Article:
I SURE AS HELL DIDN'T RECOGNIZE THEM. Nicolas Gonin didn’t either, and “I’ve been looking for them for a long time,” he said with a smirk. We were gazing toward the ceiling of a 12th-century abbey in Saint-Chef, a medieval town in France’s Isère department, in the Alps east of Lyon. Most visitors to the abbey focus on its Romanesque mosaics, but we were looking at something else: a frieze above the altar that depicted grapes.
Even though I have been a specialist in obscure wine and spirits for many years, and Nicolas is a young winemaker of some renown, we had no answer for Jean-Luc Étiévent, the third member of our party, when he asked, “See the grapes and leaves? What is the variety? This is your first ampelographic question.”
We might call Étiévent and Gonin the Indiana Joneses of ampelography—the study, identification, and classification of grapevines. They are explorers on an obsessive hunt for the rarest wine grapes in the world. Étiévent is a cofounder of Paris-based Wine Mosaic, an organization that works to rescue indigenous wine grapes from extinction. All over the wider Mediterranean region, from Portugal to Lebanon, he and his similarly obsessed colleagues seek out growers of rare varieties, promote their wines, organize tastings, and connect them to each other, to wine importers, and to universities whose researchers can help them, essentially creating a support group for those who love obscure grapes.
I, someone who has been accused of being a wine geek, found myself in this abbey because Étiévent had invited me to join him on a trip to see—and taste—some of Wine Mosaic’s most successful projects. In the Alpine region where France, Switzerland, and Italy meet, isolated vineyards, strange microclimates, and relative obscurity—decades spent off the traditional wine world’s radar—have preserved local grapes and farming traditions. In just the past five years, Wine Mosaic has saved more than 20 traditional Alpine grape varieties from dying out, first by identifying them and then by working with farmers to sustain their small plots.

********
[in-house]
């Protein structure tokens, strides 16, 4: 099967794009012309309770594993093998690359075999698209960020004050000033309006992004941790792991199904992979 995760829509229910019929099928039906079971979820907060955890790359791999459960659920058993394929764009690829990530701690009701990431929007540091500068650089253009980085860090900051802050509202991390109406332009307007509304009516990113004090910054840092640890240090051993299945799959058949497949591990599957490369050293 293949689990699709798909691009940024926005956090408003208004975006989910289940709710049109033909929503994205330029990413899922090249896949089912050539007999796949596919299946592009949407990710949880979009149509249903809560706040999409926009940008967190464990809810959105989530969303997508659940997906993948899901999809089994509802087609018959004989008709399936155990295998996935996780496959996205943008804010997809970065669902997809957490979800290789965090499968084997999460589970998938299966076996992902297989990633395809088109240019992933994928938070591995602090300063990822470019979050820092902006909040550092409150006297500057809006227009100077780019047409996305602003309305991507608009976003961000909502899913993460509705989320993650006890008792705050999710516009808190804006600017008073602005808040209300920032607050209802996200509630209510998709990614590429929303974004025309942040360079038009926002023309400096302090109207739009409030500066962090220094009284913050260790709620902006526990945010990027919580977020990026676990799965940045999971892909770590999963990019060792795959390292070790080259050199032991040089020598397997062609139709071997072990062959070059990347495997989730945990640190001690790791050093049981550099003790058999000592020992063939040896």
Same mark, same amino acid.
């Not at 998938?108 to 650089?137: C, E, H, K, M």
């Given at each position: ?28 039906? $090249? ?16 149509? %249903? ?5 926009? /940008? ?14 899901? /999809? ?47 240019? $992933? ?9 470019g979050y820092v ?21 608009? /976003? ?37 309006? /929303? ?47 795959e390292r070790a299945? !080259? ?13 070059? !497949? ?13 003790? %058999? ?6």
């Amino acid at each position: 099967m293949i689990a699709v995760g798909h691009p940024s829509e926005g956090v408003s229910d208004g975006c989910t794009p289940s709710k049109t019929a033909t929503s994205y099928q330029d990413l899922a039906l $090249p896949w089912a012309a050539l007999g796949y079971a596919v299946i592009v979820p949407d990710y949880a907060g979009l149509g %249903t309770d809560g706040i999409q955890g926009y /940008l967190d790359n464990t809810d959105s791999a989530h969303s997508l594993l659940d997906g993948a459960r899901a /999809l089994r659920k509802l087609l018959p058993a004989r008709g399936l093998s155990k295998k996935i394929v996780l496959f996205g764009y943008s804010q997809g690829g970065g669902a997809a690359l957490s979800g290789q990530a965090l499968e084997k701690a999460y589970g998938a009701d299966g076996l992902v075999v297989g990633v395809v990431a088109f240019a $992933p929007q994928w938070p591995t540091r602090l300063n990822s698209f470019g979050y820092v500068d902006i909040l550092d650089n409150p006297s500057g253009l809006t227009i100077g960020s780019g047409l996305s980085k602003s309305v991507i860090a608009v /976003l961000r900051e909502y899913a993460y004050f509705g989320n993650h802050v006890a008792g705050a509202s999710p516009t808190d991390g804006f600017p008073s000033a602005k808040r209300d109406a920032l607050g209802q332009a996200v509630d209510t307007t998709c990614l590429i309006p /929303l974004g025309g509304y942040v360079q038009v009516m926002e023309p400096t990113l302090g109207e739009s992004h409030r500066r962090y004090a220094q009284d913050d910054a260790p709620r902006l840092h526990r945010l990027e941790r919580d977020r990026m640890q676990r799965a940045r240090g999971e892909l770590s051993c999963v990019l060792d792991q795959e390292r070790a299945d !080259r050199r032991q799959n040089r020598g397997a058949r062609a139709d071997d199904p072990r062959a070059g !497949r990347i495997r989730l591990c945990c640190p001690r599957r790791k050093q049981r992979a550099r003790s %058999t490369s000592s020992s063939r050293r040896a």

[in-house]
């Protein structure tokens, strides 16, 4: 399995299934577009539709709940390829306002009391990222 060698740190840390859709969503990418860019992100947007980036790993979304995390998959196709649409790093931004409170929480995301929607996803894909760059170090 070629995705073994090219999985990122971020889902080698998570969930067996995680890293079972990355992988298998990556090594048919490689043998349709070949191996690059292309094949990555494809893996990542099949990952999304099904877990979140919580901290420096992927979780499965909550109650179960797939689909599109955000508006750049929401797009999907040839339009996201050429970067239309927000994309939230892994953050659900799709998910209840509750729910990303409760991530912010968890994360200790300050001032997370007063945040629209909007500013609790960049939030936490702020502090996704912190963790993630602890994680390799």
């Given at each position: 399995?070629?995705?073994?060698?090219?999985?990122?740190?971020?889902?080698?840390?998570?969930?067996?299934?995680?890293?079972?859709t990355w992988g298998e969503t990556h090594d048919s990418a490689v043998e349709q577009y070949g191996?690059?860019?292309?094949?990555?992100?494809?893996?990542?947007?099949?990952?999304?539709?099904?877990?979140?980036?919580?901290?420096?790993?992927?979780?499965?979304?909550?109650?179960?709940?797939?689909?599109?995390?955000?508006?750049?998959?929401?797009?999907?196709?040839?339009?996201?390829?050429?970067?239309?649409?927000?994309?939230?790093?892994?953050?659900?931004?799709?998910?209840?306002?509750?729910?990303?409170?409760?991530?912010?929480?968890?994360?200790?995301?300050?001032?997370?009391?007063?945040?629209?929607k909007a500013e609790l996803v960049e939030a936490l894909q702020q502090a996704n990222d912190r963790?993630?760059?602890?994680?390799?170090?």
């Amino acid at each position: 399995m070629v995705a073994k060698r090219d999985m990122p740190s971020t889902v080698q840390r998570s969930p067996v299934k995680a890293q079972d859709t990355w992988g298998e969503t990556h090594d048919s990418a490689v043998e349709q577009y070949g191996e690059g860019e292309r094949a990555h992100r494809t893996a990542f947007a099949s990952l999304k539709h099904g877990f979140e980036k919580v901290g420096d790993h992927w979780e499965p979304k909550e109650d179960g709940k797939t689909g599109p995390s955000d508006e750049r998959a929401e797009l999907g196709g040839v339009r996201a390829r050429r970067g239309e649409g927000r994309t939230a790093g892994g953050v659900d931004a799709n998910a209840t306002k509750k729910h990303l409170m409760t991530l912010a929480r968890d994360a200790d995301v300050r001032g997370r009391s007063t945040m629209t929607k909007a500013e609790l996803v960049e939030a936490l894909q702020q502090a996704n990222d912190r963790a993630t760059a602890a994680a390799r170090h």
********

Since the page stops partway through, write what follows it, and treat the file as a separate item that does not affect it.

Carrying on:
For someone like me this is exciting news. Every grape that’s saved offers the chance to taste a new flavor. And I’m not alone. Recent years have seen a revived interest in little-known grapes from lesser-known regions. For instance, two decades ago, grapes like carménère from Chile, grüner veltliner from Austria, or assyrtiko from Greece were essentially unheard of in the United States. Now they’re old hat to wine drinkers. So the quest for even rarer grapes has intensified. While the new crop of sommeliers in big-city wine bars can be oh-so-irritating, with their disdain for any wine that might be considered mainstream, we can thank them for creating a demand, however small and exclusive, for rare wines. Often, a sommelier’s love of obscure wines might seem like an embrace of obscurity for obscurity’s sake. But sometimes, it can serve a higher purpose.
“No one knows the wines from here anymore. Phylloxera destroyed everything.”
It doesn’t take a wine geek to appreciate the biodiversity—and accompanying cultural diversity—these grapes represent. In a globalized world, it’s the local specialties we seek out. These grapes carry with them a sense of place. A taste of place. And it’s possible that in a few decades, if the world’s climate grows too hot in the famous wine regions for the popular grapes we currently know and love, these nowadays obscure wines may be the only ones we’re drinking. Maybe the last place to produce great wine will be high in the mountains. We save these grapes, then, for the same reason we save heirloom tomatoes and apples and heritage cattle, and build vast seed banks. These organisms may hold clues to solving the challenges of climate and disease, as well as preserving the historical record of human taste.
We save these grapes, then, for the same reason we save heirloom tomatoes and apples and heritage cattle, and build vast seed banks. These organisms may hold clues to solving the challenges of climate and disease, as well as preserving the historical record of human taste.